2. The capacitor assembly of claim 1 further including ripple suppressing capacitors connected between the first and second electrodes of at least several of said plural main capacitors, said ripple suppressing capacitors having values much less than values of said plural main capacitors.
3. The capacitor assembly of claim 2 wherein the first and second segments are spaced from each other by an undulating dielectric stripe having portions that slope and which extend beyond portions of the main capacitors, the ripple suppressing capacitors having terminals connected to the first and second electrodes via the first and second segments, the ripple suppressing capacitors being positioned so they straddle the dielectric stripe portions which extend beyond portions of the capacitors.
4. The capacitor assembly of claim 1 wherein said first and second conducting segments are on a common face of each of said plates.
5. The capacitor assembly of claim 1 wherein each of said plates is a dielectric board, said first and second conducting segments on each of said boards being metal cladding areas on a common face of said board, no cladding being provided on said face between said first and second segments so that the dielectric board between the claddings electrically insulates the first and second conducting segments.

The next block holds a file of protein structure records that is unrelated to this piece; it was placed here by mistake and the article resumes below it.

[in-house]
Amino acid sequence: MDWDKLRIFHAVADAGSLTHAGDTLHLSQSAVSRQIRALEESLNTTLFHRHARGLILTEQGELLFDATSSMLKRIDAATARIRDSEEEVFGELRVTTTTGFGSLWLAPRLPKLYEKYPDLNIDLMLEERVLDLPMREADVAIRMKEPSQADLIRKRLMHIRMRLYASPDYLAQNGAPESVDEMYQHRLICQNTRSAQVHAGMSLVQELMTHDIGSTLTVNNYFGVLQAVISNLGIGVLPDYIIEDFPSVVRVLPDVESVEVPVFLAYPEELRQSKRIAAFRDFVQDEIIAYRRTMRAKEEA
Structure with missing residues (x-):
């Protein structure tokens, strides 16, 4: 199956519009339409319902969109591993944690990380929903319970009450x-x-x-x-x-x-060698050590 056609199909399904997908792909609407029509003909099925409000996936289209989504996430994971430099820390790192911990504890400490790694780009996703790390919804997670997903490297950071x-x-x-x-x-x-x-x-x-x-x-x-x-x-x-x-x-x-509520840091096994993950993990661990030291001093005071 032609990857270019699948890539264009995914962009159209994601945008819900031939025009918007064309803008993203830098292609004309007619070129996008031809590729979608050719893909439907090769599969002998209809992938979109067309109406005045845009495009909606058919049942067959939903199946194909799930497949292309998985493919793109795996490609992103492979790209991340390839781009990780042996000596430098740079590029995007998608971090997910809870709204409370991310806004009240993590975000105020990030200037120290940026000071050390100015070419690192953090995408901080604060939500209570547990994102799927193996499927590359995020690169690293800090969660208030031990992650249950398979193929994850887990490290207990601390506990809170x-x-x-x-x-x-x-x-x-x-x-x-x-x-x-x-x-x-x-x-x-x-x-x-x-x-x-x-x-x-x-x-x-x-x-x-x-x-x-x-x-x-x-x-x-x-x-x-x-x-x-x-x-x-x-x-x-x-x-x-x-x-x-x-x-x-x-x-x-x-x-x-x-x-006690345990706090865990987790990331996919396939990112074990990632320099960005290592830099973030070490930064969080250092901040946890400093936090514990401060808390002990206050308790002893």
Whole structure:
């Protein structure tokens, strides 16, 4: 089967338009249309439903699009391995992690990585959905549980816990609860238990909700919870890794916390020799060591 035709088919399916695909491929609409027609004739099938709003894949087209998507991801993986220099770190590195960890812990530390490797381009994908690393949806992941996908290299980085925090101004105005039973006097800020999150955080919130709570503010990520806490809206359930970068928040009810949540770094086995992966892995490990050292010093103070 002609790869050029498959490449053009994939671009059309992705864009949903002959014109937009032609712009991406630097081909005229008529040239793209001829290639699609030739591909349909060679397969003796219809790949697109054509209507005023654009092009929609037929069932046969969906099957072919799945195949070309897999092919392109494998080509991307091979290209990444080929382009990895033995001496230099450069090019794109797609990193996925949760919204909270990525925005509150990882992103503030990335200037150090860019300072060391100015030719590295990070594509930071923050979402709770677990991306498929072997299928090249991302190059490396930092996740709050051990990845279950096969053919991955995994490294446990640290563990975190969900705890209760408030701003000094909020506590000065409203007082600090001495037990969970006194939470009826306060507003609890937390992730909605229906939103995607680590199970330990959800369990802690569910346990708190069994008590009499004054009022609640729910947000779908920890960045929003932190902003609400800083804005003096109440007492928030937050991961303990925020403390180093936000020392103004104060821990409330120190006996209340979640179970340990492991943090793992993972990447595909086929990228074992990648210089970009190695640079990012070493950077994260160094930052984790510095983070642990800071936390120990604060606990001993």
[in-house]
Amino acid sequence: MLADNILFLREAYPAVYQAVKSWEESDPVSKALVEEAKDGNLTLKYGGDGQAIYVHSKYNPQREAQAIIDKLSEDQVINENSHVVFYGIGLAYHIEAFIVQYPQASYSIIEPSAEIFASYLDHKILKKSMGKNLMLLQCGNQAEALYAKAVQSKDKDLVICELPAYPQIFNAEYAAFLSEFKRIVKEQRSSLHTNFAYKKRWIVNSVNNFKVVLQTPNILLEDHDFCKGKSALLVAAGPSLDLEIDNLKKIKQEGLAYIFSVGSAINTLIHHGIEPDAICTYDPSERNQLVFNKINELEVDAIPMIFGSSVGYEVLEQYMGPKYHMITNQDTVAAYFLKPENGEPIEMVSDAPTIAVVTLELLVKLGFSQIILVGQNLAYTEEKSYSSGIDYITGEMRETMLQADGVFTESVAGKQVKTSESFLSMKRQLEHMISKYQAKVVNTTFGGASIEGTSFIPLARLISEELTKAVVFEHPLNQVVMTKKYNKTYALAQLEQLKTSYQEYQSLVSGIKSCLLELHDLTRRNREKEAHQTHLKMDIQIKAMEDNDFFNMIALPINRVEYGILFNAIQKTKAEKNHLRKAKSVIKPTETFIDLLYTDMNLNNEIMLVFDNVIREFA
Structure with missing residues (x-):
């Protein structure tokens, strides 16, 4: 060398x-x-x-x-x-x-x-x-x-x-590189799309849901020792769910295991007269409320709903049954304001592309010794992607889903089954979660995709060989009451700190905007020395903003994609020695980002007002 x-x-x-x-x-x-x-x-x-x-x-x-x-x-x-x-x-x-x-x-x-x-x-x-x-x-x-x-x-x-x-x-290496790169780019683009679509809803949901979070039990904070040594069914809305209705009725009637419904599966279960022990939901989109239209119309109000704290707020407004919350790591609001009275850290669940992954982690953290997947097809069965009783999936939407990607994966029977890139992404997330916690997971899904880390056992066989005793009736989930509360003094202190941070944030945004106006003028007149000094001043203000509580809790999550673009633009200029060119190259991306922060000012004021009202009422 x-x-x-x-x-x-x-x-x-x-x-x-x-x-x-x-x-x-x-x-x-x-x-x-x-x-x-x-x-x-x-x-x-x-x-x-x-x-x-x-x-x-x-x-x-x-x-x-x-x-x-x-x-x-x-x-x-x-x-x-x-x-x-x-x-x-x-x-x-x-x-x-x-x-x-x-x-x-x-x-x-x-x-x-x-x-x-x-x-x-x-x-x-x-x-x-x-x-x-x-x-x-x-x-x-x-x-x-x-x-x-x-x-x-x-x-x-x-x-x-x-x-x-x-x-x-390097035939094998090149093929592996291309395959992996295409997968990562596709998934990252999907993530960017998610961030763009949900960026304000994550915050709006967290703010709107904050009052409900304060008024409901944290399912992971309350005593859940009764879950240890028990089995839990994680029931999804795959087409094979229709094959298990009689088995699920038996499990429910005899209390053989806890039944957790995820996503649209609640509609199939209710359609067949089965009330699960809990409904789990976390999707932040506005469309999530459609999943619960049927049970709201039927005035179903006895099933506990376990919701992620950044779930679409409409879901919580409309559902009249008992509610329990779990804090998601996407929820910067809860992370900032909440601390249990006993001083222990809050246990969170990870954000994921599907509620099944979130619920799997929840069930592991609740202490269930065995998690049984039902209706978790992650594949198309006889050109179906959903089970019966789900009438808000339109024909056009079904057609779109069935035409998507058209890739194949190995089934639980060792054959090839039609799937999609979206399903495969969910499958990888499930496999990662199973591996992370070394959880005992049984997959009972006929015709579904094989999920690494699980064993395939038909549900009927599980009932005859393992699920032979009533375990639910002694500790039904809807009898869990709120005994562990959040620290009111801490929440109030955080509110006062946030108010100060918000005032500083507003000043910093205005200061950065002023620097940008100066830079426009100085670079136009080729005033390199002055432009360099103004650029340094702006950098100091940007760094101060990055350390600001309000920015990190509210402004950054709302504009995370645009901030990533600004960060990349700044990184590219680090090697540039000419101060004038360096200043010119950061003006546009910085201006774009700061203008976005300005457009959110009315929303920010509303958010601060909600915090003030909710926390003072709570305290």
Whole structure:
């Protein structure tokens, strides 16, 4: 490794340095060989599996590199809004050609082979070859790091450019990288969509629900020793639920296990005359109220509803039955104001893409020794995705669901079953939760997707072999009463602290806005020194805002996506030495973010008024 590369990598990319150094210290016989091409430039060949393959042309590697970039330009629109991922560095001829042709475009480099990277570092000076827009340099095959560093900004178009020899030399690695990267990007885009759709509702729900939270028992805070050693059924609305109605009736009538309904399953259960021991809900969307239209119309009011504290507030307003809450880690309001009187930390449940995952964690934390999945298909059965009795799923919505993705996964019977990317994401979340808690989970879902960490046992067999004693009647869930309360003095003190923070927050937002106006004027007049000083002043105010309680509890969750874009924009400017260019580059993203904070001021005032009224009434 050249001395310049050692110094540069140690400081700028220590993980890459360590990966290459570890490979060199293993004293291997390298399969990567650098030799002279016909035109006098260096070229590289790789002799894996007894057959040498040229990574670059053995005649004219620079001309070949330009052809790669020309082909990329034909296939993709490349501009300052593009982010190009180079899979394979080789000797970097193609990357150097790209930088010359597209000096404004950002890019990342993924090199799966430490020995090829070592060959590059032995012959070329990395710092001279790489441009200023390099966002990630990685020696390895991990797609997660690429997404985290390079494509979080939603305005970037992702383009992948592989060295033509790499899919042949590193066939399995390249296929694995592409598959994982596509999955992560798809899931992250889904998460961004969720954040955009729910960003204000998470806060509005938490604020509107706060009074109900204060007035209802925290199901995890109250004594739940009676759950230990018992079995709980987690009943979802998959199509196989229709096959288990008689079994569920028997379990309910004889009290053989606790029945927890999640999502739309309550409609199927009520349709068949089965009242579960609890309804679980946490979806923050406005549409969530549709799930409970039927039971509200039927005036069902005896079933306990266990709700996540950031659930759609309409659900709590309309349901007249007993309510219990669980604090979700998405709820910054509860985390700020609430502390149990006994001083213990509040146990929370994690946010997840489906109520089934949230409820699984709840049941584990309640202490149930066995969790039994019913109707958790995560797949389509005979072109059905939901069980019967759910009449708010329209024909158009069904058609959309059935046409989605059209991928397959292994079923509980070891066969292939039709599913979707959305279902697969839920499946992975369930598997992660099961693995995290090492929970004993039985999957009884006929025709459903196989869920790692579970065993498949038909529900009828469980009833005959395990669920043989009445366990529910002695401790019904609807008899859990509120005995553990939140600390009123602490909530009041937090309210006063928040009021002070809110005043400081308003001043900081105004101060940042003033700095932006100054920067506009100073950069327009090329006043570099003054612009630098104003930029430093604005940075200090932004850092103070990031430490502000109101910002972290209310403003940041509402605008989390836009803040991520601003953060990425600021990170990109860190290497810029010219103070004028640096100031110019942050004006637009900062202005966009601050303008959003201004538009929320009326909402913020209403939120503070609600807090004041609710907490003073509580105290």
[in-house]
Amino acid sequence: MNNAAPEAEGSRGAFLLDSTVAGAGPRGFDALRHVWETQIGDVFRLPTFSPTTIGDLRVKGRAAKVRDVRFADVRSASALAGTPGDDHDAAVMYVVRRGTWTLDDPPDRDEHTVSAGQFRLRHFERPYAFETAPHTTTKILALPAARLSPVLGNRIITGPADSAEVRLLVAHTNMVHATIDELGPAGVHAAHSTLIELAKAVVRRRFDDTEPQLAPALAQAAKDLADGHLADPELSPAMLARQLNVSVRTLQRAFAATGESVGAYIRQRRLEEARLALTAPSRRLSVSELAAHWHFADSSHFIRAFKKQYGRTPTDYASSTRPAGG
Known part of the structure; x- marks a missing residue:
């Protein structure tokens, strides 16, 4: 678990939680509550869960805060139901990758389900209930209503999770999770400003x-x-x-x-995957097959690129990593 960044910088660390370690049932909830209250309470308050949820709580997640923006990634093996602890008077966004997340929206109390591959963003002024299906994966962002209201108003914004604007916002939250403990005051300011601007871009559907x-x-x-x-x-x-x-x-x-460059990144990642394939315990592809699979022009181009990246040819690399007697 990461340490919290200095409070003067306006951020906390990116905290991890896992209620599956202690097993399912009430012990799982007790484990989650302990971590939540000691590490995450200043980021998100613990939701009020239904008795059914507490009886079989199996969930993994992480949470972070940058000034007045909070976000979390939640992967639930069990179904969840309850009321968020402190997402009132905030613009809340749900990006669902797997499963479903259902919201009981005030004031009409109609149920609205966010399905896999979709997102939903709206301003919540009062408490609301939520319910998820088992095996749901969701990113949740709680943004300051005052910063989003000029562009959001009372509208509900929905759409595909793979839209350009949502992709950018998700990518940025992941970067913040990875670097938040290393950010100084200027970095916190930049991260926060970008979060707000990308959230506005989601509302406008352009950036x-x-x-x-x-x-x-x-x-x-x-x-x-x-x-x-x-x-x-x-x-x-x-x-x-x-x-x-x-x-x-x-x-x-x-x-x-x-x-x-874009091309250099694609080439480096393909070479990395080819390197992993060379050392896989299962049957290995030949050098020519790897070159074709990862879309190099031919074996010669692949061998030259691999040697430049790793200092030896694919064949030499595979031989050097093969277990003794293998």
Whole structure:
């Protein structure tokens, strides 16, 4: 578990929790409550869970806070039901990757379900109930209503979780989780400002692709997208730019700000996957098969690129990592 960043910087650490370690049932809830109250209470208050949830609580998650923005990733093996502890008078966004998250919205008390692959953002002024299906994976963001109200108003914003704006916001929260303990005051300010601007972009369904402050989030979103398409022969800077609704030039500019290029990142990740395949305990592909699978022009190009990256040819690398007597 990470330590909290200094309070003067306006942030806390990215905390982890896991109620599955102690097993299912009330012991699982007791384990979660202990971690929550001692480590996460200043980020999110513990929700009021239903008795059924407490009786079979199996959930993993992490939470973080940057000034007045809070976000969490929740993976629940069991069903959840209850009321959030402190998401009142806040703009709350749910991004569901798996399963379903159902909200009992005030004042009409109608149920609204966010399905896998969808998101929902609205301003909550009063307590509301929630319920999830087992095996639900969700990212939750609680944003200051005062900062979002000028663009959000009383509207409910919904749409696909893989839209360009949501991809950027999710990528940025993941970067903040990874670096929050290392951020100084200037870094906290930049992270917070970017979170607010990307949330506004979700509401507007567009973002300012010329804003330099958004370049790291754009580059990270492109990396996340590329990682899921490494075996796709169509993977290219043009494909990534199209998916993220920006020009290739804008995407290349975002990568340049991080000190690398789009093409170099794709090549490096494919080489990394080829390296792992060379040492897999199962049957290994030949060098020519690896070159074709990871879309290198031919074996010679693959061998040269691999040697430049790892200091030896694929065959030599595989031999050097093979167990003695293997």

6. The capacitor assembly of claim 5 wherein the bus bars are disposed substantially parallel to each other and include substantially aligned edges so that first edges of the first and second bus bars are substantially aligned and second edges of the first an second bus bars are substantially aligned, the plates being electrically and mechanically connected to the bus bars so: the first segment of the first plate is secured to the first edge of the first bus bar, the second segment of the first plate is secured to the first edge of the second bus bar, the first segment of the second plate is secured to the second edge of the first bus bar, and the second segment of the second plate is secured to the second edge of the second bus bar.
7. The capacitor assembly of claim 6 wherein the capacitors are located in a volume between the bus bars and the plates.
8. The capacitor assembly of claim 7 further including ripple suppressing capacitors connected between the first and second electrodes of at least several of said plural capacitors, said ripple suppressing capacitors having values much less than values of said plural capacitors, the first and second segments being spaced from each other by an undulating dielectric stripe having portions that slope and which extend beyond portions of the main capacitors, the ripple suppressing capacitors having terminals connected to the first and second electrodes via the first and second segments, the filter capacitors being positioned so they straddle the dielectric stripe portions which extend beyond portions of the capacitors.